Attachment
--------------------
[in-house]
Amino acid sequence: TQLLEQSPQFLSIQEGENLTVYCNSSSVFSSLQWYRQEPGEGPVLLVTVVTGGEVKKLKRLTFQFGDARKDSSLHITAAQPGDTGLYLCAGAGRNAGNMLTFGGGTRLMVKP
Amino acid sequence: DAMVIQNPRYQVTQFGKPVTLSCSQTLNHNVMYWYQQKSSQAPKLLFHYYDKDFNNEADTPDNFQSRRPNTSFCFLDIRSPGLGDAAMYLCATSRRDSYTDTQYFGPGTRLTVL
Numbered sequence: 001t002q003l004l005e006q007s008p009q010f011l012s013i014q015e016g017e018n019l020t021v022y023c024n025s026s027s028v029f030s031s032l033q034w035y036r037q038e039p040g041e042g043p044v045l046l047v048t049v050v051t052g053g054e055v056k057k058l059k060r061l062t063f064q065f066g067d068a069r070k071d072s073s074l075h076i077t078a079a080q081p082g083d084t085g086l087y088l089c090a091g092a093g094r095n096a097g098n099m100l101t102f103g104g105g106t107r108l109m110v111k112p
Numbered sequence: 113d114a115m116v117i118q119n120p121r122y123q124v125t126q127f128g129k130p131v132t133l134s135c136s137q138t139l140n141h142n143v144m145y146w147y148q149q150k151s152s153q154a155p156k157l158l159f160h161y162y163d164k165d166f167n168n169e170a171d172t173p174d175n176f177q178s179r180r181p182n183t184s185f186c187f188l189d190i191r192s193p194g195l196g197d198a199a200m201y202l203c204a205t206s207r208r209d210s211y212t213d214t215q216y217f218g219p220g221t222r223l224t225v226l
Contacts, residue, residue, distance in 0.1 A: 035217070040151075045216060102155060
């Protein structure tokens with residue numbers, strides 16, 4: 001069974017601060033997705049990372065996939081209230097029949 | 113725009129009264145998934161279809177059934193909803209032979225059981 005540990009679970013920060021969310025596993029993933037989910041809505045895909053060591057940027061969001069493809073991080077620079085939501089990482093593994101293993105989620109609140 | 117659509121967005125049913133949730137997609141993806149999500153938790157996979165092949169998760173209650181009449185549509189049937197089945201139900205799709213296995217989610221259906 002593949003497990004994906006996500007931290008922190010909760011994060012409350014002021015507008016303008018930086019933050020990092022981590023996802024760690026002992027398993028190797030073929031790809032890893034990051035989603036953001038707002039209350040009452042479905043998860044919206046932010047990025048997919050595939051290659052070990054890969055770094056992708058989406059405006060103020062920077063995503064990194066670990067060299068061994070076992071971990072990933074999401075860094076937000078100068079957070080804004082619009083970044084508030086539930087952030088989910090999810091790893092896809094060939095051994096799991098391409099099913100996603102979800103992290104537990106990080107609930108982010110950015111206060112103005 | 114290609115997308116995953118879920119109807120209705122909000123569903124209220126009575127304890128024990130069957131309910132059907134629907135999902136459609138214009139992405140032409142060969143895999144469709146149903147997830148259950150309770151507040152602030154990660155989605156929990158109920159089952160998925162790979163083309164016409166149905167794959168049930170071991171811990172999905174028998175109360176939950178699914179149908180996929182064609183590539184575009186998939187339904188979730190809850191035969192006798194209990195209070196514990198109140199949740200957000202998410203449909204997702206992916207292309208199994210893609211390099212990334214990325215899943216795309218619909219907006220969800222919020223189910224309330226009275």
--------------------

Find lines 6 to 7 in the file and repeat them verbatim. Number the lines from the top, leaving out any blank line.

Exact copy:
Contacts, residue, residue, distance in 0.1 A: 035217070040151075045216060102155060
């Protein structure tokens with residue numbers, strides 16, 4: 001069974017601060033997705049990372065996939081209230097029949 | 113725009129009264145998934161279809177059934193909803209032979225059981 005540990009679970013920060021969310025596993029993933037989910041809505045895909053060591057940027061969001069493809073991080077620079085939501089990482093593994101293993105989620109609140 | 117659509121967005125049913133949730137997609141993806149999500153938790157996979165092949169998760173209650181009449185549509189049937197089945201139900205799709213296995217989610221259906 002593949003497990004994906006996500007931290008922190010909760011994060012409350014002021015507008016303008018930086019933050020990092022981590023996802024760690026002992027398993028190797030073929031790809032890893034990051035989603036953001038707002039209350040009452042479905043998860044919206046932010047990025048997919050595939051290659052070990054890969055770094056992708058989406059405006060103020062920077063995503064990194066670990067060299068061994070076992071971990072990933074999401075860094076937000078100068079957070080804004082619009083970044084508030086539930087952030088989910090999810091790893092896809094060939095051994096799991098391409099099913100996603102979800103992290104537990106990080107609930108982010110950015111206060112103005 | 114290609115997308116995953118879920119109807120209705122909000123569903124209220126009575127304890128024990130069957131309910132059907134629907135999902136459609138214009139992405140032409142060969143895999144469709146149903147997830148259950150309770151507040152602030154990660155989605156929990158109920159089952160998925162790979163083309164016409166149905167794959168049930170071991171811990172999905174028998175109360176939950178699914179149908180996929182064609183590539184575009186998939187339904188979730190809850191035969192006798194209990195209070196514990198109140199949740200957000202998410203449909204997702206992916207292309208199994210893609211390099212990334214990325215899943216795309218619909219907006220969800222919020223189910224309330226009275």